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Leon Bass (born 1925) is an educator from Philadelphia. He is noted as an African-American soldier in World War II who witnessed the Buchenwald concentration camp.



Bass was born and grew up in Philadelphia, Pennsylvania.

World War II Service

He volunteered for the US Army during World War II, trained in Alabama and Florida, and served in the 183rd Engineer Combat Battalion, a segregated unit. As a black soldier, he experienced the oppression and humiliation of being a second class citizen in his own Army. His unit was involved in the Battle of the Bulge. In April 1945, 183rd Engineer Combat Battalion was designated to be attached to the 1126th Engineer Combat Group. On April 11, 1945, Bass, then a Sergeant, and another member of the 183rd, Sgt. William A. Scott III, arrived at the headquarters of the 1126th in a forward liaison capacity. The next day, they convoyed with members of the 1126th to the town of Eisenach, approximately 100 kilometers from the Buchenwald camp, which had been discovered by allied troops the previous day. After arriving at Eisenach, Bass and others were detailed to Buchenwald to assist in relief, and were among the first American soldiers to be seen by survivors of the camp. Bass later referred to the people he saw that day as "the walking dead".[1]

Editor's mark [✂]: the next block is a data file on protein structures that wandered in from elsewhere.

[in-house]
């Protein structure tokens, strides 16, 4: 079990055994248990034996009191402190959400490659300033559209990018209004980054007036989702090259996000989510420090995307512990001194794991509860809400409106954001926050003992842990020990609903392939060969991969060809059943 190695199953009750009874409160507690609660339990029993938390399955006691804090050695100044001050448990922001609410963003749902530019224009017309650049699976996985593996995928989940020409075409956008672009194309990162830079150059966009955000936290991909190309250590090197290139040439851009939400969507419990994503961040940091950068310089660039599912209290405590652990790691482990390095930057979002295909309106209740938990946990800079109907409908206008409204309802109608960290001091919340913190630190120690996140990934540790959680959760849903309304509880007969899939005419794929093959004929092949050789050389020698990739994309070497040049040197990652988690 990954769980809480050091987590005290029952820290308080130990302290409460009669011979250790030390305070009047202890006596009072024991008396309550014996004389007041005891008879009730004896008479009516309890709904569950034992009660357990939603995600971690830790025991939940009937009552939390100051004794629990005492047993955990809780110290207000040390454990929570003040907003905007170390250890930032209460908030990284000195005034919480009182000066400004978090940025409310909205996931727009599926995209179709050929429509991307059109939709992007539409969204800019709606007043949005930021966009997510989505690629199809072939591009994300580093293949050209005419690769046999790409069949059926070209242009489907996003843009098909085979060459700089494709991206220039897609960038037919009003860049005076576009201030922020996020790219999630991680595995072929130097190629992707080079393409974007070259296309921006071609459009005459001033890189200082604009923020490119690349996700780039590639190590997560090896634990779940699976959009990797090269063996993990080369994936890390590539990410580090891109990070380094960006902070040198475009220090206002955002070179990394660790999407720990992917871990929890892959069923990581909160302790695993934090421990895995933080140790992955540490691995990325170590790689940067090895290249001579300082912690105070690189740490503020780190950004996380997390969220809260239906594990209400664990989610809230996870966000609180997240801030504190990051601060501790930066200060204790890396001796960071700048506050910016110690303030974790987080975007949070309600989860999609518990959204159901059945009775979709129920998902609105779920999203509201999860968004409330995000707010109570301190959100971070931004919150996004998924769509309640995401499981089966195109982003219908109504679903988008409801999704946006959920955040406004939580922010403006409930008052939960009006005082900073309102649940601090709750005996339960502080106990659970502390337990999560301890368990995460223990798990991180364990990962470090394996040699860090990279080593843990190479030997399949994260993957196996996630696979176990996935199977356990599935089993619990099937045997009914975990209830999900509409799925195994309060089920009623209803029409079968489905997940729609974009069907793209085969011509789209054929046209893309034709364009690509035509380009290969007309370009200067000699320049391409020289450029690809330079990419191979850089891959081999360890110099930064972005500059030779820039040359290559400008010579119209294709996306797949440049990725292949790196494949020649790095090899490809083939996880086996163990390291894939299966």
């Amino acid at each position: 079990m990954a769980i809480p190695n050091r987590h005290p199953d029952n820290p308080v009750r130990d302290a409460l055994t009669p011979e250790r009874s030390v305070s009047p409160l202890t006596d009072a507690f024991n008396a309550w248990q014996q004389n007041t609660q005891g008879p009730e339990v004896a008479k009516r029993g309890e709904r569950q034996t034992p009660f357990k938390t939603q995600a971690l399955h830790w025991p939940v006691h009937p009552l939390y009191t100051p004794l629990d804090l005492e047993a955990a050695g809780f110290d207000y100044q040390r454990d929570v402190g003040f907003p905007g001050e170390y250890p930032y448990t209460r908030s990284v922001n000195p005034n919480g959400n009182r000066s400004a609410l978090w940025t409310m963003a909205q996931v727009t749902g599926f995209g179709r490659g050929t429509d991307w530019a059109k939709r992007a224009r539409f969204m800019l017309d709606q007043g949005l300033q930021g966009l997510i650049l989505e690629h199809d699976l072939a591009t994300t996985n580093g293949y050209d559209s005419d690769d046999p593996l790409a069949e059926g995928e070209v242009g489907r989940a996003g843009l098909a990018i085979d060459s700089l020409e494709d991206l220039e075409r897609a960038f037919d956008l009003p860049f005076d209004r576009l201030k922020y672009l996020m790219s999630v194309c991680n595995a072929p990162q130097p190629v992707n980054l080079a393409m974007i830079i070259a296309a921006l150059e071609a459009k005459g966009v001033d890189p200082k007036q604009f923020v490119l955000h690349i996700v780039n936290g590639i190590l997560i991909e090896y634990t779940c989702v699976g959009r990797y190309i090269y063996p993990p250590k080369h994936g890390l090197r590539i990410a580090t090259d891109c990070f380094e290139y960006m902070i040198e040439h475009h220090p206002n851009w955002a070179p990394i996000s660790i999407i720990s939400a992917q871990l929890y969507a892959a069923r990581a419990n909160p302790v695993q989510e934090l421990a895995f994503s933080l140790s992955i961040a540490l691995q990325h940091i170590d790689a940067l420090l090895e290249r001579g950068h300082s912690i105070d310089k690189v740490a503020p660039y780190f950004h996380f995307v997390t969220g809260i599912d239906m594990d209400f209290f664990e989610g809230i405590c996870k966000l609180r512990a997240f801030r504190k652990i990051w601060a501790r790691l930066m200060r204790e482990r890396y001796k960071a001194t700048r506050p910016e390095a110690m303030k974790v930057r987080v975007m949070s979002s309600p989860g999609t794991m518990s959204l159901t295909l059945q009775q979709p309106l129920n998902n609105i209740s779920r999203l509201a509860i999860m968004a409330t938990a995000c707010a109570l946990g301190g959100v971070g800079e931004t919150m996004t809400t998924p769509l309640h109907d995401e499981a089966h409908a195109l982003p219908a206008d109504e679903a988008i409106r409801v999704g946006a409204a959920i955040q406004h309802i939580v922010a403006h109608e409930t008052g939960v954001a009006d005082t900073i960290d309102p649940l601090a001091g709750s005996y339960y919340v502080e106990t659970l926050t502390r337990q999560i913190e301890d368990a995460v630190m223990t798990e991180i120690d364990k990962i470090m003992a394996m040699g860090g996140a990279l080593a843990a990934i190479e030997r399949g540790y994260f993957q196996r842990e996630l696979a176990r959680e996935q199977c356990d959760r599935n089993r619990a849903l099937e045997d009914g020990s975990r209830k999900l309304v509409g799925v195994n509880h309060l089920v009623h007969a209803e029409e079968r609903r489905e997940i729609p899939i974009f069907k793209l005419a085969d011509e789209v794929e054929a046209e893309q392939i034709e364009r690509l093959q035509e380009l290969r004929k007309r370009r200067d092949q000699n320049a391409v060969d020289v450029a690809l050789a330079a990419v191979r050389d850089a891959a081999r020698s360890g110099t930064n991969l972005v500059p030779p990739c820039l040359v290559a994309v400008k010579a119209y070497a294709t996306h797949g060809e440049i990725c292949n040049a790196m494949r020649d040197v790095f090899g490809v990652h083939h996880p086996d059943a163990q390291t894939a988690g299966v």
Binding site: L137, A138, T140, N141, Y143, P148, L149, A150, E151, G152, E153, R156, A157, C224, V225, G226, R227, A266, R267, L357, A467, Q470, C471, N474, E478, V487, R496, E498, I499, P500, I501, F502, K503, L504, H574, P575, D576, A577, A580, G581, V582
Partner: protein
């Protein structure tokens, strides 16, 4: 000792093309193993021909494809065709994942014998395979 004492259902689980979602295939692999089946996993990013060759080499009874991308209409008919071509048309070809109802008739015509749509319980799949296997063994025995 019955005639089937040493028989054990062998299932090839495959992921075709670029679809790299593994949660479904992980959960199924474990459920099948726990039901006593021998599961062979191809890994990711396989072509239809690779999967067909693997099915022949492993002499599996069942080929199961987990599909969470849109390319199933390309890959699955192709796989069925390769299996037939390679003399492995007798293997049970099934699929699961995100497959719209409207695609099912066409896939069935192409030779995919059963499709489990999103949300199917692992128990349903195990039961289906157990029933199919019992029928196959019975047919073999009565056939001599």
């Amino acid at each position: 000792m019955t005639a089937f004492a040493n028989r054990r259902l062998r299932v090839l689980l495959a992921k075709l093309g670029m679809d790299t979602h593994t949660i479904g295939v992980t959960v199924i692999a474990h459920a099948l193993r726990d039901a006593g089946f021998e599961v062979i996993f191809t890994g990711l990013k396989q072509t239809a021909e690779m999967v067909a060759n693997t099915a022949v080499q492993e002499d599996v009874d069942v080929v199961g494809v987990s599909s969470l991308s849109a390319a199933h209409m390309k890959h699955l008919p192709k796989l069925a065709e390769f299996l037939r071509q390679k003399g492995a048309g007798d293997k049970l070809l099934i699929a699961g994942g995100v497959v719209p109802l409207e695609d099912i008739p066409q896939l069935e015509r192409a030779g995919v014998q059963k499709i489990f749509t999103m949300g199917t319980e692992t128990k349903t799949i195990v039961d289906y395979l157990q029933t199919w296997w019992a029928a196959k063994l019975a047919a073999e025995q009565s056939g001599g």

After the war, Bass graduated from West Chester University of Pennsylvania and then studied at Temple University where he received a Doctorate. He became a teacher at the Benjamin Franklin High School in Philadelphia, eventually becoming its principal, a position he served in until 1981. He later taught history at George School, a Quaker boarding school in Newtown, Pennsylvania.

Since that time, he has been a speaker on the subject of racism and The Holocaust, and has lectured extensively on the subject, bringing his unique perspective as a witness of many forms of oppression.[2][3]

He was a participant in the International Liberators Conference, held in Washington DC in 1981. In 1994 he was the keynote speaker at the Georgia Commission on the Holocaust, and in 1996 he was awarded the Pearlman Award for Humanitarian Advancement from Jewish Women International.

He appeared in the Academy Award-nominated Documentary "Liberators: Fighting on Two Fronts in World War II".[4]




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